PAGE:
On the surface, Ricky Thompson’s life is one long party. His razor sharp wit and unwavering sexual confidence masks his true pain and suffering, and that’s how he wants to keep things. Ten years after the death of his fiancé, Ricky has completely given up on the illusion of love. Wild nights in the bar and even wilder casual sex have become his coping mechanism, and he wants to keep the party going at whatever cost. When he is attacked in a dark alley and left for dead, Ricky’s life takes an unexpected turn and the party suddenly comes to an end.
Chase Brody doesn’t know where life is taking him. Between running his gym and raising his son, Dylan, the only time he puts himself first is his once a week trip to the gay bars. His family has convinced him he needs to find a mother for Dylan, so he keeps his sexual desires secret. He always believed women were for love and men were for sex, but he is forced to reevaluate everything he thought he knew when he stumbles across a helpless man in need of his help.
After Chase takes Ricky to the hospital, he offers him free self-defence classes, but it soon grows into something more complicated and both men are forced to listen to their hearts once again. Chase doesn’t know how Ricky will fit into his difficult life, and Ricky can’t seem to let go of his past heartache. With so much at stake, will these men admit they were wrong about love and surrender their hearts to each other, or is the risk too great?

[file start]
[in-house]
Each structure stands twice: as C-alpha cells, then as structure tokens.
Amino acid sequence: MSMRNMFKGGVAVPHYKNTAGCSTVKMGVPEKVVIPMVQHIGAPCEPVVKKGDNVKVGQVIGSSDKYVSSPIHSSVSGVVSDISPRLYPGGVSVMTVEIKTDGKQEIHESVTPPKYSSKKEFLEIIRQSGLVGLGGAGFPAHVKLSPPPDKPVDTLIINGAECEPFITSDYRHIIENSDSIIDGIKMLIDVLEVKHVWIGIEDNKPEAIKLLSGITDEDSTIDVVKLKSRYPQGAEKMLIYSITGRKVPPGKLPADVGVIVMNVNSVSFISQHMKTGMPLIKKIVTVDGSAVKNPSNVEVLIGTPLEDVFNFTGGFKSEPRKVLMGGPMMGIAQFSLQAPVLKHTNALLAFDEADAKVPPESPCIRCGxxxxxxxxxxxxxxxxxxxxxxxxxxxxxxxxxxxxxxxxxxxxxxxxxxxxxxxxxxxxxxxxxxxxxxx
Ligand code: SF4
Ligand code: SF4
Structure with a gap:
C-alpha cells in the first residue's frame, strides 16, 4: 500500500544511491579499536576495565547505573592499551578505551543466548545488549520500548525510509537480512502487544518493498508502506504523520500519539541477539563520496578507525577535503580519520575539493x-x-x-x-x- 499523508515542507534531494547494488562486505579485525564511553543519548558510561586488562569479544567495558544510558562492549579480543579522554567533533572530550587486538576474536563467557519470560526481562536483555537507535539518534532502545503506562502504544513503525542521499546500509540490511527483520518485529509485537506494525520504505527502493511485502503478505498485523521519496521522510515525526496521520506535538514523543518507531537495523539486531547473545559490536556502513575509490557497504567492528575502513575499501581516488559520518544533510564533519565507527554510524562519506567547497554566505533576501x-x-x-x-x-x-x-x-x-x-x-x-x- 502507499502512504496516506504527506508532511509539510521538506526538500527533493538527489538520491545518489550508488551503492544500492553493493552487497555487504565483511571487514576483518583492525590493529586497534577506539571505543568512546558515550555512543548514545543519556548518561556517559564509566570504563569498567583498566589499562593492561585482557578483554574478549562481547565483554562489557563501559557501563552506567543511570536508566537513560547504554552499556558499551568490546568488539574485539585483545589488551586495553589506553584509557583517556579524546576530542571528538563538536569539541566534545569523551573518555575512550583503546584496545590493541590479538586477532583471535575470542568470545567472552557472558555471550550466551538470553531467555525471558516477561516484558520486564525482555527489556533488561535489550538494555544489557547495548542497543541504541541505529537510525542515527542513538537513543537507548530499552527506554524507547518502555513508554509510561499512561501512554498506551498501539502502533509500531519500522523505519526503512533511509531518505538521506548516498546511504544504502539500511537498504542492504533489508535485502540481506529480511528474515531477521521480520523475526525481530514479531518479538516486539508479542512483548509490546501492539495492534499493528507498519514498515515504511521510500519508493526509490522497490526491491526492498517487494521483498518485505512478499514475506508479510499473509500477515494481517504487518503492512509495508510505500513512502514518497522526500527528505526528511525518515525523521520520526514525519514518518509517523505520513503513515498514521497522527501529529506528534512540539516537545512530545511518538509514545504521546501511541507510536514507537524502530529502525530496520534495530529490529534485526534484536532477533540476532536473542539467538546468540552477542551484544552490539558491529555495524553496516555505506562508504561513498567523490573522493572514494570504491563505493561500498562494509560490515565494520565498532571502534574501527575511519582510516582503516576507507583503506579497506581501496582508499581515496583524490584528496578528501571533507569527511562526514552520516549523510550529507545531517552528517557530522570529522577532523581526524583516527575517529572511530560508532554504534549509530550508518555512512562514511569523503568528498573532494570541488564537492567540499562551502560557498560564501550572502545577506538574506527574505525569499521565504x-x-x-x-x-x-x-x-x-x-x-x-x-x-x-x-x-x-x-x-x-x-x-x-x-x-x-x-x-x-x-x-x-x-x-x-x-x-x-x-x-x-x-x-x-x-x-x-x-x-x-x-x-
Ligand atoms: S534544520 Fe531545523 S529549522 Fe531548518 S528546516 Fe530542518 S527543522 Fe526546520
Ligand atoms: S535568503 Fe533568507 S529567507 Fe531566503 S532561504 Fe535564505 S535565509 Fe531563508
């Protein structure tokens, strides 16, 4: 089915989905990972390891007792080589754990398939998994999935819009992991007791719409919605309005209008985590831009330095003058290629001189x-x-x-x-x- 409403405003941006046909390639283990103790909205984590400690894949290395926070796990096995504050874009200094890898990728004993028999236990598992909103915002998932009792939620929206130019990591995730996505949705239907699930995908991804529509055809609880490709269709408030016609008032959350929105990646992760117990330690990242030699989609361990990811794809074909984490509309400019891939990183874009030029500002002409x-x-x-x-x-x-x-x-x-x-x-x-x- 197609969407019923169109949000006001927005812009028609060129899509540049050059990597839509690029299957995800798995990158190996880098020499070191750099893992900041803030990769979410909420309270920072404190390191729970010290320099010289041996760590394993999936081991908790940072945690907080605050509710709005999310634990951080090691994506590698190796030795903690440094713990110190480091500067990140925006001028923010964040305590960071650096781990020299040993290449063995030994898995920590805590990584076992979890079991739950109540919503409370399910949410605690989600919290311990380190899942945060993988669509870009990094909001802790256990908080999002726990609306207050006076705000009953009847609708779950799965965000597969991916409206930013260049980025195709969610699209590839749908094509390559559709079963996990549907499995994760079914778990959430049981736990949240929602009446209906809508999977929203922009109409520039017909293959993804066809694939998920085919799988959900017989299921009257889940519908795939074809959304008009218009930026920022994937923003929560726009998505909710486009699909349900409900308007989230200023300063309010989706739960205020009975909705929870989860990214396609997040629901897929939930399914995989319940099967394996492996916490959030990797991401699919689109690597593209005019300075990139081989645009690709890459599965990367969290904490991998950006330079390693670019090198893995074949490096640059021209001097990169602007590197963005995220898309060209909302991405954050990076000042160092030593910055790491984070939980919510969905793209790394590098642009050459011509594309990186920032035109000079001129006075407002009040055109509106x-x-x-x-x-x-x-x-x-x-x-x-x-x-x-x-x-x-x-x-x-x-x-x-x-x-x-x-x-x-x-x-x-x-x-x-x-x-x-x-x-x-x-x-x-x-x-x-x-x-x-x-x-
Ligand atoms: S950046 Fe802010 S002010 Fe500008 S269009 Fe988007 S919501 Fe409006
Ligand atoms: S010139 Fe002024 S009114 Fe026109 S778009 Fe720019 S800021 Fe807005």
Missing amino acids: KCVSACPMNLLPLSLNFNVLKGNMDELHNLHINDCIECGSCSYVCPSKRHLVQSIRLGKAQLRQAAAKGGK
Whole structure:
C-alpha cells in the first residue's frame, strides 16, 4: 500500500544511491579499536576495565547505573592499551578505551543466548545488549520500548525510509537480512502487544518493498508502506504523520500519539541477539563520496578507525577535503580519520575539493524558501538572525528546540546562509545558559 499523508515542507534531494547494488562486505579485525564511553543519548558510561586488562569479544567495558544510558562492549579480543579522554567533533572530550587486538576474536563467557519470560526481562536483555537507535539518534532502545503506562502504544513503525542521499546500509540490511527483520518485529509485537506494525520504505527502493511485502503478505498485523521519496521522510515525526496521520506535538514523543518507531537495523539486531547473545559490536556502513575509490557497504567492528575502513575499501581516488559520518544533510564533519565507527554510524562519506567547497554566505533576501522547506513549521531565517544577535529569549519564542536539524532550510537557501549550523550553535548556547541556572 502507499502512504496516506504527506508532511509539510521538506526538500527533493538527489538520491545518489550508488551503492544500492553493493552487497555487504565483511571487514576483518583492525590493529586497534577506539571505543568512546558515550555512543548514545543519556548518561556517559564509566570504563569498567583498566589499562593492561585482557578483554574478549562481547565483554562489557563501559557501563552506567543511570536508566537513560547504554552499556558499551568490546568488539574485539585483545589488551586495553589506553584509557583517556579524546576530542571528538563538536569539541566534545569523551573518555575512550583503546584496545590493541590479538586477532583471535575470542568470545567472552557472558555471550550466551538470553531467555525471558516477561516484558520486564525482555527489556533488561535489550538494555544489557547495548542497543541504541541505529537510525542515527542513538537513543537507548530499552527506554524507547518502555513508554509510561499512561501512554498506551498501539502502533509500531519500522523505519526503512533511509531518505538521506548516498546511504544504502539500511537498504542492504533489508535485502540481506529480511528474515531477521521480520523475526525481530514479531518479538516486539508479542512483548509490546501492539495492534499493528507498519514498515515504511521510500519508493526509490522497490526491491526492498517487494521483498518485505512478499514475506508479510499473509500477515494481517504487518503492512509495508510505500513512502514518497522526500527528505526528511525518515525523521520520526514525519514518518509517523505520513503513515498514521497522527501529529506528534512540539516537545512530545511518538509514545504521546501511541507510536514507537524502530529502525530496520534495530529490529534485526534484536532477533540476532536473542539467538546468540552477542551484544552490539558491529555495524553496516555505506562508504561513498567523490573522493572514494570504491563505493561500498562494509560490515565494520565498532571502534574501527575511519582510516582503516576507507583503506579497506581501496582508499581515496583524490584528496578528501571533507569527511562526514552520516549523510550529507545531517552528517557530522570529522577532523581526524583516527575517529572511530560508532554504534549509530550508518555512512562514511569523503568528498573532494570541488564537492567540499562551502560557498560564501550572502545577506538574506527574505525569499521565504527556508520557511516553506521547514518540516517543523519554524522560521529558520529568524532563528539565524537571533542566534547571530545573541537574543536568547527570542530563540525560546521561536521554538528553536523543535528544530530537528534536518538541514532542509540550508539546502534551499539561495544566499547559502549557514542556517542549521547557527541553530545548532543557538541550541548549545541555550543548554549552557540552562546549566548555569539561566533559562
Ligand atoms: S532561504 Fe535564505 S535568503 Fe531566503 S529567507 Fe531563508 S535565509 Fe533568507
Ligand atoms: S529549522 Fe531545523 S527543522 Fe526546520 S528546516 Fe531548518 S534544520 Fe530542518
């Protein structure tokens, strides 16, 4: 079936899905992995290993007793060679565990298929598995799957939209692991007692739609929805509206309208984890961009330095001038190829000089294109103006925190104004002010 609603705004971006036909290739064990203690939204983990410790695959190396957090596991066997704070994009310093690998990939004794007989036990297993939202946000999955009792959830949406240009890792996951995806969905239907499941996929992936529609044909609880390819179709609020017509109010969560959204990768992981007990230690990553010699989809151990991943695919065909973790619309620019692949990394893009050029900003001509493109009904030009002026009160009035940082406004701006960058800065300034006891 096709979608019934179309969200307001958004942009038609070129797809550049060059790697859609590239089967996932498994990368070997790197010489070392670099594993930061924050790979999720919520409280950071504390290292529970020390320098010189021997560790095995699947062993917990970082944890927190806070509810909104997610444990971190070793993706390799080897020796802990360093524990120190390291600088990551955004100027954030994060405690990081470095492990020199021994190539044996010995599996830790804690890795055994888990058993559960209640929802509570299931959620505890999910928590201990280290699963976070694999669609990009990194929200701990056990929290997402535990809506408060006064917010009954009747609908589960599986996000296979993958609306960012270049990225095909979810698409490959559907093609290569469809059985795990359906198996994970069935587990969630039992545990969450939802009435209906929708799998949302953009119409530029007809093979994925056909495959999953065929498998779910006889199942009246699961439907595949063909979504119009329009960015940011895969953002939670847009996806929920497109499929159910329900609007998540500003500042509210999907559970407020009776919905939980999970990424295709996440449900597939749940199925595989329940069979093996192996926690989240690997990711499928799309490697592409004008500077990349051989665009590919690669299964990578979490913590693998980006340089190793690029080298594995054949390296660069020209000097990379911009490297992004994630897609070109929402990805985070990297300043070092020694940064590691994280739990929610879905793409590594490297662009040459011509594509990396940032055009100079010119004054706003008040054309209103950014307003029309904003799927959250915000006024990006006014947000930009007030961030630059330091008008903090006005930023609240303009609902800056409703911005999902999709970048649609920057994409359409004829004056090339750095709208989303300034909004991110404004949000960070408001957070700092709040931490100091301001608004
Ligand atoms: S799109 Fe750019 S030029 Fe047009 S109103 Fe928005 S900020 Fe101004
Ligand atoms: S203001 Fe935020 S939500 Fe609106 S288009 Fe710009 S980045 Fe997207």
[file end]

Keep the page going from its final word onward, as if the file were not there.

How many times can you use a word...
Well apparently in the case of Ricky you can use one word a lot and I do mean A LOT!!! Ricky's favorite word is 'sweetheart', that's right, it's his tagline if you will. He calls everyone 'sweetheart'. He actually uses the word somewhere in the neighborhood of 200 times give or take a 'sweetheart', that's right, I counted. I have to admit overusing a term of endearment is one easy way to haul me out of a story, but ironically in the case of this book it didn't seem to bother me that way. I suppose it was because Ricky used the term the most of us would use 'he' or 'she' or 'hey you', it really didn't hold any personal intimacy.
I found Ricky to be an interesting character. He was flamboyant, totally over the top, he ran a bookstore by day and was a Drag Queen DJ by night. He was also brave and outspoken and fearless when he needed to be. Except when it came to his personal life than Ricky was a runner whether he was actually running as in packing his bags and getting the hell out of Dodge or running figuratively by making rules that kept people at arms length, rules like...1. No names, 2. No second dates 3. No breakfast and 4. No falling in love. He'd loved once and he'd lost, making emotional detachment his coping mechanism.
Ricky lost the love of his life 10 years ago and he wasn't going through that again if he could avoid it. I can empathize with that, I understand not wanting to feel that kind of heartache again but seriously I'm of the 'better to have loved and lost' school of philosophy myself. So on this level I just couldn't quite connect with Ricky, other than to say it made me sad that someone who was so vital and vibrant and had so much to share with the world was hiding...such a waste of life.